FTC Charges Marketer of "Vitamin O"
with Making False Health Claims

FTC News Release
March 15, 1999

Rose Creek Health Products, Inc., based in Kettle Falls, Washington, and its sister corporation have been charged by the Federal Trade Commission with making blatantly false and unsubstantiated health claims in their advertisements for a purported nutritional supplement called "Vitamin O." The defendants' ads — which have appeared in USA Today and in other newspapers, and on the Internet — claim that Vitamin O can cure or prevent serious diseases such as cancer, heart disease, and lung disease. The FTC says that Vitamin O appears to be nothing more than saltwater.

The FTC is seeking preliminary and permanent injunctions to halt the dissemination of the defendants' advertisements and resulting consumer injury.

"When consumers see claims for Vitamin O, we hope they think Vitamin NO," said Jodie Bernstein, Director of the FTC's Bureau of Consumer Protection. "This case brings home the message that unsubstantiated and outlandish claims for dietary supplements will not be tolerated. It also should remind the media that they can do their readers an important service by screening ads and refusing to run those that are clearly false."

The FTC's complaint detailing the charges names Rose Creek Health Products, Inc., its sister corporation, The Staff of Life, Inc., and Donald L. Smyth, president and sole shareholder of both corporations. The defendants sell various dietary supplements via mail order, including Vitamin O. The defendants claim that Vitamin O, when taken orally, enriches the bloodstream with supplemental oxygen. The ads state that Vitamin O consists of "intact oxygen molecules in a liquid solution of distilled water, sodium chloride and trace materials." A two ounce bottle of Vitamin O costs $20.00 to $25.00.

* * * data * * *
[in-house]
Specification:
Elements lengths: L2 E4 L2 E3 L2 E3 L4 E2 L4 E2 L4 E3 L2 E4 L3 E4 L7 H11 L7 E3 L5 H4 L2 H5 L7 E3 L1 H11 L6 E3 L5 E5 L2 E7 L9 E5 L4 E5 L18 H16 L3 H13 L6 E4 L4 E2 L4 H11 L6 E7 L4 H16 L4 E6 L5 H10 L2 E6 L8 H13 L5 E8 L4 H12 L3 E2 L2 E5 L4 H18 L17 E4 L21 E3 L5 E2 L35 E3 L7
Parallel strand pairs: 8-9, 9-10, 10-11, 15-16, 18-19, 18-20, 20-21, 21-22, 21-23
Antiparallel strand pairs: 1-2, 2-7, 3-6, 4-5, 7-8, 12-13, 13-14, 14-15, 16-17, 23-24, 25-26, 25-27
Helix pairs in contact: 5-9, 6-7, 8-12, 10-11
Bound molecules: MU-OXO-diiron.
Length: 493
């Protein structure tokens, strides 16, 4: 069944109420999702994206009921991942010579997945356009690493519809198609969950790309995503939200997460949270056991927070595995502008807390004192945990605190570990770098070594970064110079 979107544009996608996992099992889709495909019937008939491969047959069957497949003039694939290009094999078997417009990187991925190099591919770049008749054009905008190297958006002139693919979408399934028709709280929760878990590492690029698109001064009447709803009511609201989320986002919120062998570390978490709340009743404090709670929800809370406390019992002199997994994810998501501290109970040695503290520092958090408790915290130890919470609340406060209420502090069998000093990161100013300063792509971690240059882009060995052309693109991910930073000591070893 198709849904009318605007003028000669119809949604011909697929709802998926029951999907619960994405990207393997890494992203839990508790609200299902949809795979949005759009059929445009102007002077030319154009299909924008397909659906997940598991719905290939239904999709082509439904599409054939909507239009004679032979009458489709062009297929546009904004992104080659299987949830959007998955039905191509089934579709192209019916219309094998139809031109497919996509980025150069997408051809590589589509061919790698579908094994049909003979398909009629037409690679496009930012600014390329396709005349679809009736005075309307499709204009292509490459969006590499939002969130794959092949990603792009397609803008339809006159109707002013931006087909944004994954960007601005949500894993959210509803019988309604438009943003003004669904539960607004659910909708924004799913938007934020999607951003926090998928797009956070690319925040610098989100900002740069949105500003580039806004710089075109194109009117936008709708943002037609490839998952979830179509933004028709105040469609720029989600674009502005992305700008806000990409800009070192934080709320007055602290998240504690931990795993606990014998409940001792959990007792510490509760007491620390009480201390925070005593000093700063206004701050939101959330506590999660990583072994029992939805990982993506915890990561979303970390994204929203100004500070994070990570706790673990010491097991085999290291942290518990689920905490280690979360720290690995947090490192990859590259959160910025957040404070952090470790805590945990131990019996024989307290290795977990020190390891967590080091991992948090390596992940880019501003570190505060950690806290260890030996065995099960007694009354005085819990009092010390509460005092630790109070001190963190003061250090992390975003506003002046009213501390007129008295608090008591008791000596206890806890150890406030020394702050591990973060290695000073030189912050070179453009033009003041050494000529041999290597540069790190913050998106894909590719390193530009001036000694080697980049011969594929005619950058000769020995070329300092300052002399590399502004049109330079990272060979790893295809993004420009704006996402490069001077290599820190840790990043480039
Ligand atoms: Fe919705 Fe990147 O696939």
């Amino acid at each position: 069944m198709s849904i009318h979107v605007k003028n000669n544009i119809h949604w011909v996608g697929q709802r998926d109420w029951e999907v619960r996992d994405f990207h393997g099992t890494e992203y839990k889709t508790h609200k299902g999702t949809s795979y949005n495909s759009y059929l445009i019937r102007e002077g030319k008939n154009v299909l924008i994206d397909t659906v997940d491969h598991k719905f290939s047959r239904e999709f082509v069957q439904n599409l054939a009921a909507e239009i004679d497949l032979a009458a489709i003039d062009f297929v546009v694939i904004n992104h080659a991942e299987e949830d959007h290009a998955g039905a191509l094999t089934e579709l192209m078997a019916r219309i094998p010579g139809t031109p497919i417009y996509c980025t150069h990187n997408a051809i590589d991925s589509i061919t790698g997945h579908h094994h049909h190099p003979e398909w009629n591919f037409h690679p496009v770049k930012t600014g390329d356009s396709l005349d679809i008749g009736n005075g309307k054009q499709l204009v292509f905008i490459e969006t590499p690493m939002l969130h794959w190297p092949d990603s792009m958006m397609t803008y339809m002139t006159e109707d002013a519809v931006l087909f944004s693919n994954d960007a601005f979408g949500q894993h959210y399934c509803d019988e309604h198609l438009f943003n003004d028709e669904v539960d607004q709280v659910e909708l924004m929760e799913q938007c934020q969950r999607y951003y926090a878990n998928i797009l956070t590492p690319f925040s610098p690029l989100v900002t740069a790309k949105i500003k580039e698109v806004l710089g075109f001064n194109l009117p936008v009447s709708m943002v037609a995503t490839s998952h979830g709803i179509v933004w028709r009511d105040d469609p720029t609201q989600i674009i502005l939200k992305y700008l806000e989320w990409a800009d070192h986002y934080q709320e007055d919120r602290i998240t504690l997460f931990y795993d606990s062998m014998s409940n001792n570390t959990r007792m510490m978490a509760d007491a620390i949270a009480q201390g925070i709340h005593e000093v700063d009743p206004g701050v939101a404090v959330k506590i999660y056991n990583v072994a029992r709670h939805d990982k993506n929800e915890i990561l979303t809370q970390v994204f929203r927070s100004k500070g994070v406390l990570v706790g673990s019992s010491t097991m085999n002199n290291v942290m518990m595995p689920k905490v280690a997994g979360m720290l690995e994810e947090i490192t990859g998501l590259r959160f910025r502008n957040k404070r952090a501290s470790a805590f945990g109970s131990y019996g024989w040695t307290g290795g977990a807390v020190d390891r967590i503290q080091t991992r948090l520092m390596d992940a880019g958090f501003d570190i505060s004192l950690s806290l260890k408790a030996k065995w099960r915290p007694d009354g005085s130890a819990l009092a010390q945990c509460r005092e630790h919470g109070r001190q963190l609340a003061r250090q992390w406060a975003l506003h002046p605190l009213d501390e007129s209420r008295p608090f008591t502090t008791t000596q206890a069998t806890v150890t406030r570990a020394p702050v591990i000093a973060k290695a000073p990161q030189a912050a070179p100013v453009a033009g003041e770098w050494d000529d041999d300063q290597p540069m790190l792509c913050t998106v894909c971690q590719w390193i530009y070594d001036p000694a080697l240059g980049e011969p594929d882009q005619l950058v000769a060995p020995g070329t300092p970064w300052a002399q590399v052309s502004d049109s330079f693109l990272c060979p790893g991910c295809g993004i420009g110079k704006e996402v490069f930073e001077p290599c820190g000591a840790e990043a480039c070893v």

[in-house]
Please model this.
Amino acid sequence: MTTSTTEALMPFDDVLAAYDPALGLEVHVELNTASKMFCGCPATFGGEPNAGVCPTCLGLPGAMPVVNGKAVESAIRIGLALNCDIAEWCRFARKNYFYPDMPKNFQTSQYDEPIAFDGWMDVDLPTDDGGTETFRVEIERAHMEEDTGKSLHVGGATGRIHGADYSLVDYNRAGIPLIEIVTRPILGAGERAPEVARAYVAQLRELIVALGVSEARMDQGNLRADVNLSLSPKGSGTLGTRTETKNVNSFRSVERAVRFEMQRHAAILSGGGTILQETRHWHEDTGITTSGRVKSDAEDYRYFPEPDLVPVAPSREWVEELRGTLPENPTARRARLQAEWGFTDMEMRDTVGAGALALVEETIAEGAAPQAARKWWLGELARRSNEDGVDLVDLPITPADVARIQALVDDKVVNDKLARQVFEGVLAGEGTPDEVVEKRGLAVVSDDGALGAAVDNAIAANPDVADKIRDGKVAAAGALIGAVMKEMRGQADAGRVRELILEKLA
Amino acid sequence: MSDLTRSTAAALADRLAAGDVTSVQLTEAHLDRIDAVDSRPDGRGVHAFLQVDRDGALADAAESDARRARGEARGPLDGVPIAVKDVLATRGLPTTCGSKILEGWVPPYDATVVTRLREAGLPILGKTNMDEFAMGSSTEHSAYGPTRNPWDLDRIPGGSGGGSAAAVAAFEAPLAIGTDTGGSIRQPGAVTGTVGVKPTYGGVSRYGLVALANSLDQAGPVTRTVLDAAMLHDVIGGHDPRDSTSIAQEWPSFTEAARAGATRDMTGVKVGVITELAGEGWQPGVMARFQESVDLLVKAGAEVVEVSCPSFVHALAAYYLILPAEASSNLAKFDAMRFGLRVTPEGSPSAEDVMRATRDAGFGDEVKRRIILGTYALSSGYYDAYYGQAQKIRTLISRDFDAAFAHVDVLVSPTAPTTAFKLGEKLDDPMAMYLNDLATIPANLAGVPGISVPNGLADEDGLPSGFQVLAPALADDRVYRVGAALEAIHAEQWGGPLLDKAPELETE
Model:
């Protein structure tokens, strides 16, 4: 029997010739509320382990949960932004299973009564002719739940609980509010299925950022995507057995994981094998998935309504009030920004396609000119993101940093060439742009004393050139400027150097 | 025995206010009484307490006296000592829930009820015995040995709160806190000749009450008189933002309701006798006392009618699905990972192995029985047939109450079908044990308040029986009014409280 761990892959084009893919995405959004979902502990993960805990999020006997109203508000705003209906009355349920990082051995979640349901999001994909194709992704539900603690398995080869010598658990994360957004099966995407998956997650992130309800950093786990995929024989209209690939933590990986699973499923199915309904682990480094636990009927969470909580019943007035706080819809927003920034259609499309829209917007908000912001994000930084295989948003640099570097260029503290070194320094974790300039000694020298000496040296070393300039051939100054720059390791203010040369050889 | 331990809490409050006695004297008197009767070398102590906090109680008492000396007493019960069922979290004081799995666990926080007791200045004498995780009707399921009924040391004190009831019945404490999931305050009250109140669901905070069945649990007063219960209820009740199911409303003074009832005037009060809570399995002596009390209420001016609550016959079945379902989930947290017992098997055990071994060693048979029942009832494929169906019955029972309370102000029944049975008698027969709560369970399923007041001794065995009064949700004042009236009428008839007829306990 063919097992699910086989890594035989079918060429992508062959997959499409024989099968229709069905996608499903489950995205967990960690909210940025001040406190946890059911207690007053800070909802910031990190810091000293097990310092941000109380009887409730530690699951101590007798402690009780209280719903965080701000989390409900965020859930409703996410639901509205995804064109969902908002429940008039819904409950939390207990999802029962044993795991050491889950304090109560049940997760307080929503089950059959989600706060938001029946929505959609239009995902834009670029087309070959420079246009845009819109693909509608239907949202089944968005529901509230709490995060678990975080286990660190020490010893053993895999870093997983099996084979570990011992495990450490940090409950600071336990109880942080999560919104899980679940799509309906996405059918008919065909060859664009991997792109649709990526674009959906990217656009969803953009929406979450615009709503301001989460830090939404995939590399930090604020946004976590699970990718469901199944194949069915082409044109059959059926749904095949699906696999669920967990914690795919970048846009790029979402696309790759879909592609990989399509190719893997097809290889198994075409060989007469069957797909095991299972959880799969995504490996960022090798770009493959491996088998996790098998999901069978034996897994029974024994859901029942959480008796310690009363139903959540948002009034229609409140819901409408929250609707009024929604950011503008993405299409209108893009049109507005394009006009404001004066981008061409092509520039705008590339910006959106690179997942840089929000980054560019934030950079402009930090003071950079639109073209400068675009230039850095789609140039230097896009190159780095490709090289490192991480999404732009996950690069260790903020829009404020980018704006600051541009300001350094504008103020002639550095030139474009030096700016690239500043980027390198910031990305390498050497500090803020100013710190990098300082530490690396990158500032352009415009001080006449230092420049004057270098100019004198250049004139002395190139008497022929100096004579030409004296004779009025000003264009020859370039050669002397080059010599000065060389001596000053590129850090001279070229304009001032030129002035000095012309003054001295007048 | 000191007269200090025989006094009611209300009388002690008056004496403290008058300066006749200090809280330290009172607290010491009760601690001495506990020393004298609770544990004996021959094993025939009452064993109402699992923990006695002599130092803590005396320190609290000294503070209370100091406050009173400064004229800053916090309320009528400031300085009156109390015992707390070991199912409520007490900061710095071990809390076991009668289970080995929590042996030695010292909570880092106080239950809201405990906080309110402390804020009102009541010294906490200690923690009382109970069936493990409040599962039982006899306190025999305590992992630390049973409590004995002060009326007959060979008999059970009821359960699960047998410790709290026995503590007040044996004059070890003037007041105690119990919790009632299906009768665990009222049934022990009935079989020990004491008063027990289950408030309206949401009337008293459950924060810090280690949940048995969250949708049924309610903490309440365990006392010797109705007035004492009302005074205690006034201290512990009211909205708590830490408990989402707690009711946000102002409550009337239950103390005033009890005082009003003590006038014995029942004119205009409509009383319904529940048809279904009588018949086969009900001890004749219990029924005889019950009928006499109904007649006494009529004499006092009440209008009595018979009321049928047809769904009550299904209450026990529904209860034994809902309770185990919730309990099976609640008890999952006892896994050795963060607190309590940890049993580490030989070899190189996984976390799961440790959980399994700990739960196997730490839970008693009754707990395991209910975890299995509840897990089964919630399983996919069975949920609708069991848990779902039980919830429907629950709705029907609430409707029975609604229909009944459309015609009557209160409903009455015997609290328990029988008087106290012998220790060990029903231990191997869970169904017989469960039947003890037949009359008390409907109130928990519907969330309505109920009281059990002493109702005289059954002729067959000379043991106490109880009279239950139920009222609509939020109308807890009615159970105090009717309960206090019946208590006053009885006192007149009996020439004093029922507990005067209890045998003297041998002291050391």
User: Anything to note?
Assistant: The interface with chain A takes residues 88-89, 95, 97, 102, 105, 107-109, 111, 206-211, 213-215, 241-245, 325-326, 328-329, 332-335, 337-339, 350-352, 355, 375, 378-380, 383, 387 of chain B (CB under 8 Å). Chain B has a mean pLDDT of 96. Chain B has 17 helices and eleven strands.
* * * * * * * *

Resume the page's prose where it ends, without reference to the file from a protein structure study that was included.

The complaint alleges that the defendants, through statements and testimonials contained in their ads, falsely represented that Vitamin O:

According to the complaint, the defendants' ads also falsely claim that they have medical and scientific research that establishes the efficacy of Vitamin O, and that the efficacy claims are supported by a reasonable basis.

The Commission vote authorizing staff to file the complaint was 4-0. The complaint was filed in the US District Court for the Eastern District of Washington, in Spokane, on March 11, 1999.

Related Documents:

This page was posted on November 28, 2005.

Links to Recommended Companies

  • PharmacyChecker.com: Compare drug prices and save money at verified online pharmacies.
  • ConsumerLab.com: Evaluates the quality of dietary supplement and herbal products.
  • Amazon.com: Discount prices, huge inventory, and superb customer service.
  • OnlyMyEmail: Award-winning anti-spam services.
  • 10 Types: Website design, development, and hosting with superb technical support.